Minnesota Law

Summer 2023
For the Record

Summer Experiences: Kayla Haeg, 3L

Legal intern, Alaska Public Defender Agency in Anchorage, Alaska

Kayla Haeg, 3L

Kayla Haeg, 3L, is from Soldotna, Alaska, and attended the University of Alaska Fairbanks for her undergraduate degree. She worked as a legal intern at the Alaska Public Defender Agency in Anchorage this summer. This fall, she will start work as a student director for both the Criminal Defense Clinic and Civil Rights/Civil Liberties Moot Court program. In the spring, she will return as a student instructor for the Law in Practice program and will be participating on the Thurgood Marshall Moot Court Competition Team this year.

How did you connect with or find this summer opportunity?

I found this position while working at the Federal Public Defender in Anchorage last summer. The legal community is very tight in Alaska, so it’s easy to make connections at networking events (and local dive bars).


How does your experience connect with what you currently envision doing with your law degree?

This amazing experience gave me the final push to pursue public defense work. I manage my own misdemeanor caseload of clients. In that role, I’m responsible for all client communications, motion work, discovery review, and representing clients in their bail hearings, changes of plea, and even trials. After learning the inner workings of public defense, I now envision myself representing clients as a public defender back in the Twin Cities after graduation.


Please describe a “typical” workday on the job.

My workday starts either at the office or in jail. The interns provide coverage for other attorneys and make in-custody bail arguments on their behalf. After I make bail arguments in jail court, I’ll drive back to the office and draft motions for both felony and misdemeanor cases. Right now, I’m working on a motion to suppress and a motion to dismiss an indictment. In the afternoon, I cover out-of-custody bail hearings and changes of plea in district court. Finally, about 2-3 times a week, I cover arraignments back in jail court. In Alaska, defense attorneys must make bail arguments on the spot, often seeing the criminal complaint for the first time at the podium in front of the judge. Sometimes you don’t have enough time to interview a client before you must make arguments on their behalf. It’s a high-stress situation that taught me how intense public defense work can be.


What is something you learned or experienced that was surprising or particularly compelling during this summer position?

Perhaps the most surprising aspect of this internship was how quickly the agency took our “training wheels” off. I was supervised by an attorney for about two weeks before I was making bail arguments on my own in court. Within the first month, I got two of my clients’ cases dismissed, drafted my first motion, and even made a probable cause argument at arraignments that got someone’s charge dismissed and helped free them from jail. It’s amazing to see how much you can accomplish with only two years of law school under your belt.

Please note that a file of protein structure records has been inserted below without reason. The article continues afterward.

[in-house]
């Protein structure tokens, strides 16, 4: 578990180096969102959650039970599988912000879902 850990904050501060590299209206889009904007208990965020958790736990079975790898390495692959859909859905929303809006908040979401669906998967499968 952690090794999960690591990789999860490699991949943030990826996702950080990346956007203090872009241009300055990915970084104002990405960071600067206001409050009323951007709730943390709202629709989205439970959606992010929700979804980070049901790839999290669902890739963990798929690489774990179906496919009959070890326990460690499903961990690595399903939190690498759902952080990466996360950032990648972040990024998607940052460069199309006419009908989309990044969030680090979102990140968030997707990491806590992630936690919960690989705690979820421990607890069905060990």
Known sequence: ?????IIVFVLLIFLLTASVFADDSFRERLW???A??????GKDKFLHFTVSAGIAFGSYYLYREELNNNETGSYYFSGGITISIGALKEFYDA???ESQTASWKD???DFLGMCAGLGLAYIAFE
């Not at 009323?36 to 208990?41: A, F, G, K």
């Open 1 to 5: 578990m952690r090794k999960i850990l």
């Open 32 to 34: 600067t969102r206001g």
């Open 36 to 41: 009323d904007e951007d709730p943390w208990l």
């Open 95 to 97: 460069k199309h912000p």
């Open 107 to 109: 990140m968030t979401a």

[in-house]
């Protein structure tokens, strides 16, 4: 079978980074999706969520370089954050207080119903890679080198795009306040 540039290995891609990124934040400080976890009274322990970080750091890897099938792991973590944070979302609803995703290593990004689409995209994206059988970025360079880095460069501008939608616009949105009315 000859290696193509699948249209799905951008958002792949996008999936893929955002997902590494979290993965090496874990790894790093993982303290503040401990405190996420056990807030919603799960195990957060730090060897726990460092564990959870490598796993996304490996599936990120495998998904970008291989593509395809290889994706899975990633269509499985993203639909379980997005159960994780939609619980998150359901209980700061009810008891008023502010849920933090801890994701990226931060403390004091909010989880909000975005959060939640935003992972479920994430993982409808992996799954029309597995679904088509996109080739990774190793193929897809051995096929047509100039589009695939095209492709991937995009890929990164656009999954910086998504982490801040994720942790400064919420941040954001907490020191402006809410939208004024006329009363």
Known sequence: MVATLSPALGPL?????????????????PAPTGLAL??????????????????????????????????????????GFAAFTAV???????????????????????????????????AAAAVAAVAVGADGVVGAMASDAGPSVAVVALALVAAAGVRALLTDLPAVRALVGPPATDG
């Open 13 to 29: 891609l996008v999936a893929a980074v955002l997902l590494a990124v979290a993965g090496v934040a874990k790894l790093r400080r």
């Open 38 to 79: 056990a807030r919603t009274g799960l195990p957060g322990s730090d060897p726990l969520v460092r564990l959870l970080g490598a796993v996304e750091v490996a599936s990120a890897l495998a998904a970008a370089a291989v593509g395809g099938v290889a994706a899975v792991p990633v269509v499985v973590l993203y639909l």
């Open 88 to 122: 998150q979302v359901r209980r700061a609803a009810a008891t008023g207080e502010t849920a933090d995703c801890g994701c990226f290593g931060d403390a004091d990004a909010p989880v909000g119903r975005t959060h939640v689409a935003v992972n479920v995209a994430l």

What are a couple of your key takeaways from the experience so far?

This might not come as a shock, but the key takeaway I’ve gleaned from this experience is that the criminal legal system needs a major overhaul. While I absolutely adored this internship, it also forced me to face injustices like racism, transphobia, and homelessness almost every day. I can tell you right now, public defense is not for the weak of heart.


How has your summer experience compared with your expectations?

This internship far exceeded my expectations in terms of practical experience. I’ve arguably learned more about the criminal legal system within the past three months than I did during the first two years of law school.


What advice would you offer another law student thinking about working in a similar position next summer?

I would advise other law students who are interested in public defense work to find an internship that allows you to argue in court. In Alaska, students who have completed their second year of law school (and a course in evidence) can receive a permit to appear in court and represent their own clients in misdemeanor matters. If you’re interested in Alaska specifically, there’s offices with intern positions across the state, including rural areas like Kodiak Island, Nome, and even Utqiagvik (the northernmost city in the United States).


How are you spending your free time this summer?

Since this may be my last summer in Alaska, I’ve spent most of my spare time traveling around the state. I hiked mountains in Anchorage, explored glaciers in Seward, went dog mushing in Fairbanks, and will tour Juneau shortly after I finish my internship. If you’re into the outdoors, it’s impossible to beat Alaskan summers.


What are you most looking forward to in returning to Minnesota Law this fall?

I look forward to catching up with friends and faculty next semester. My friends and I have already planned a trip to the UP in the fall to watch the colors change. It’ll be a nice change of pace, as the only two seasons in Alaska are winter and construction.